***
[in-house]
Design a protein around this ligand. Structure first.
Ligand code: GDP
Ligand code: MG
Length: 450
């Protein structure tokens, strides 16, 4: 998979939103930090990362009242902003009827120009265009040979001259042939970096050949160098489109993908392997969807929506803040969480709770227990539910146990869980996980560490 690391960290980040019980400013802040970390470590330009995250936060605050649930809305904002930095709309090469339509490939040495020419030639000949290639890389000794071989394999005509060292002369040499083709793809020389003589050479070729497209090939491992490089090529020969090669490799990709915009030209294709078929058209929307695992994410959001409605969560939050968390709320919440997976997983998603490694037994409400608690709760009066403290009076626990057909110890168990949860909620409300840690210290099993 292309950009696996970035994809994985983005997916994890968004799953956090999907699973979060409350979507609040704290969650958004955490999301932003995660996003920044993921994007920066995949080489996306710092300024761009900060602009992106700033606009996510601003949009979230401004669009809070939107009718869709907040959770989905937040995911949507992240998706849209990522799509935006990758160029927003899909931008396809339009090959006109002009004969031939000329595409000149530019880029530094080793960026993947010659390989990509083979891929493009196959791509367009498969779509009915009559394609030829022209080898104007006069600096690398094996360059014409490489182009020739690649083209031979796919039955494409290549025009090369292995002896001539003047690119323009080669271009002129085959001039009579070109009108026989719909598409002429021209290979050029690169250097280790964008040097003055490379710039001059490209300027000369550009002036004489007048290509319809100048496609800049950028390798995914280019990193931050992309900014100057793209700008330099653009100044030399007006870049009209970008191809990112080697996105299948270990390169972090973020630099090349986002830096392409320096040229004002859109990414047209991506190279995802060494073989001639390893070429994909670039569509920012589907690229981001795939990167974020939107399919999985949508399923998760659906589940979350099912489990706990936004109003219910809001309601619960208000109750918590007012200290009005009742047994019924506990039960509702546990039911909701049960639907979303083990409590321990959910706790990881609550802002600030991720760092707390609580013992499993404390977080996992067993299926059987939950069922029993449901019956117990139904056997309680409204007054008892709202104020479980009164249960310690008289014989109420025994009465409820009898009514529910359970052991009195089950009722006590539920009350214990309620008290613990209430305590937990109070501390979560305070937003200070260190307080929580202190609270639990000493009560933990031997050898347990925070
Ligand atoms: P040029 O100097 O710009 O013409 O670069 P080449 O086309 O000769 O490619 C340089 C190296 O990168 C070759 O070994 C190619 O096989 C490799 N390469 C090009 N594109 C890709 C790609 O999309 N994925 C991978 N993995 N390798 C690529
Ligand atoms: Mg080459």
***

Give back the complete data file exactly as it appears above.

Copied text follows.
[in-house]
Design a protein around this ligand. Structure first.
Ligand code: GDP
Ligand code: MG
Length: 450
């Protein structure tokens, strides 16, 4: 998979939103930090990362009242902003009827120009265009040979001259042939970096050949160098489109993908392997969807929506803040969480709770227990539910146990869980996980560490 690391960290980040019980400013802040970390470590330009995250936060605050649930809305904002930095709309090469339509490939040495020419030639000949290639890389000794071989394999005509060292002369040499083709793809020389003589050479070729497209090939491992490089090529020969090669490799990709915009030209294709078929058209929307695992994410959001409605969560939050968390709320919440997976997983998603490694037994409400608690709760009066403290009076626990057909110890168990949860909620409300840690210290099993 292309950009696996970035994809994985983005997916994890968004799953956090999907699973979060409350979507609040704290969650958004955490999301932003995660996003920044993921994007920066995949080489996306710092300024761009900060602009992106700033606009996510601003949009979230401004669009809070939107009718869709907040959770989905937040995911949507992240998706849209990522799509935006990758160029927003899909931008396809339009090959006109002009004969031939000329595409000149530019880029530094080793960026993947010659390989990509083979891929493009196959791509367009498969779509009915009559394609030829022209080898104007006069600096690398094996360059014409490489182009020739690649083209031979796919039955494409290549025009090369292995002896001539003047690119323009080669271009002129085959001039009579070109009108026989719909598409002429021209290979050029690169250097280790964008040097003055490379710039001059490209300027000369550009002036004489007048290509319809100048496609800049950028390798995914280019990193931050992309900014100057793209700008330099653009100044030399007006870049009209970008191809990112080697996105299948270990390169972090973020630099090349986002830096392409320096040229004002859109990414047209991506190279995802060494073989001639390893070429994909670039569509920012589907690229981001795939990167974020939107399919999985949508399923998760659906589940979350099912489990706990936004109003219910809001309601619960208000109750918590007012200290009005009742047994019924506990039960509702546990039911909701049960639907979303083990409590321990959910706790990881609550802002600030991720760092707390609580013992499993404390977080996992067993299926059987939950069922029993449901019956117990139904056997309680409204007054008892709202104020479980009164249960310690008289014989109420025994009465409820009898009514529910359970052991009195089950009722006590539920009350214990309620008290613990209430305590937990109070501390979560305070937003200070260190307080929580202190609270639990000493009560933990031997050898347990925070
Ligand atoms: P040029 O100097 O710009 O013409 O670069 P080449 O086309 O000769 O490619 C340089 C190296 O990168 C070759 O070994 C190619 O096989 C490799 N390469 C090009 N594109 C890709 C790609 O999309 N994925 C991978 N993995 N390798 C690529
Ligand atoms: Mg080459």